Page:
Who are the innovators? A field experiment with 2 passerine species
Ella F. Cole,
James E.C. Rawles and
John L. Quinn
Behavioral Ecology, 2011, vol. 22, issue 6, 1241-1248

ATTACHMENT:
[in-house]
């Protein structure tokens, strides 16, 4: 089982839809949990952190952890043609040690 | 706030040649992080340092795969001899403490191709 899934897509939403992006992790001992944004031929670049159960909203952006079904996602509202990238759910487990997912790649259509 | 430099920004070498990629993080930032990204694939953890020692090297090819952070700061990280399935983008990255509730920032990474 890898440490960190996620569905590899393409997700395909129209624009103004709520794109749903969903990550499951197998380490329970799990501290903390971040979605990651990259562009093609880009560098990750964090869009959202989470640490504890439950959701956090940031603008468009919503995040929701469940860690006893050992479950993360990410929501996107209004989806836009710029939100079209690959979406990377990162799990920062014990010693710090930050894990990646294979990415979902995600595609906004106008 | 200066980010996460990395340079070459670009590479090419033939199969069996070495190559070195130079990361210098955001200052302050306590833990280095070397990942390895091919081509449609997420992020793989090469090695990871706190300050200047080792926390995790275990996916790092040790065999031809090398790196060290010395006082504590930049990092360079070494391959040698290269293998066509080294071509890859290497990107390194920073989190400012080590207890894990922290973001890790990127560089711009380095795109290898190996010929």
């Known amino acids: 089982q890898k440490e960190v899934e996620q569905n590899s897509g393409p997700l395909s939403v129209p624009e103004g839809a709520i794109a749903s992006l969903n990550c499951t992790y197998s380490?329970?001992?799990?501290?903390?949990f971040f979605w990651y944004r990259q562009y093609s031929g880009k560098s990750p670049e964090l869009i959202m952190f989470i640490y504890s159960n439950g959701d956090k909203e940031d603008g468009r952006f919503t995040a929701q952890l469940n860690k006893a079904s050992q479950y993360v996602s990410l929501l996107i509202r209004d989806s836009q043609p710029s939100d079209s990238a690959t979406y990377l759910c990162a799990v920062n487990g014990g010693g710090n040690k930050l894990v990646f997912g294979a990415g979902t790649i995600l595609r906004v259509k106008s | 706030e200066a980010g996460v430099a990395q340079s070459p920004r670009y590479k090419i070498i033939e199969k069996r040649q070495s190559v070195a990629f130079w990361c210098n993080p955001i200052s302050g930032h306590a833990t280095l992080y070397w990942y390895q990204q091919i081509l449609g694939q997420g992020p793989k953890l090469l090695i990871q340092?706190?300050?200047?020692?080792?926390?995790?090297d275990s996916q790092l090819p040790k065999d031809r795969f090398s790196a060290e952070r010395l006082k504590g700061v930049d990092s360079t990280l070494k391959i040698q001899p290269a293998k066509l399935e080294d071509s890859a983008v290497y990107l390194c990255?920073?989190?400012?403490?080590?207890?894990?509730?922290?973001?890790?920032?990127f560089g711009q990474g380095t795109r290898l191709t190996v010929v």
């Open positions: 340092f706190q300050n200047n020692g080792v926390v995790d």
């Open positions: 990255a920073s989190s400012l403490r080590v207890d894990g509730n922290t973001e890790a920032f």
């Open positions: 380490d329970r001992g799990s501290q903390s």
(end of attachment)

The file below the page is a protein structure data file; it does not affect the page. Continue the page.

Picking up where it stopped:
Ecological and evolutionary drivers of innovativeness among species are relatively well studied, but the significance of similar variation within species is much less well understood. Using automated foraging devices, we conducted the first large-scale study of novel problem-solving performance in a wild bird population to test whether variation in innovativeness can be explained by inherent individual differences and by factors related to the "necessity drives innovation" hypothesis. We detected 20145 visits by 236 great tits (Parus major) and blue tits (Cyanistes caeruleus) and found consistent individual differences in the propensity to solve and in the time spent at devices between successive solutions in the field. Although individuals that were successful in a similar version of the task in captivity solved 3 times faster in the wild than those that were unsuccessful in captivity, success in captivity did not predict success in the wild. Thus, innovative propensity varies among individuals but it is also context dependent. Juveniles were more likely to solve the problem in the wild than adults, supporting the necessity drives innovation hypothesis. We found no evidence for social learning at problem-solving devices in the wild. The consistent individual differences in novel problem-solving performance we report suggest that innovativeness may be of adaptive significance within our population. Our results also suggest that selection for innovativeness may occur primarily among juveniles. Copyright 2011, Oxford University Press.
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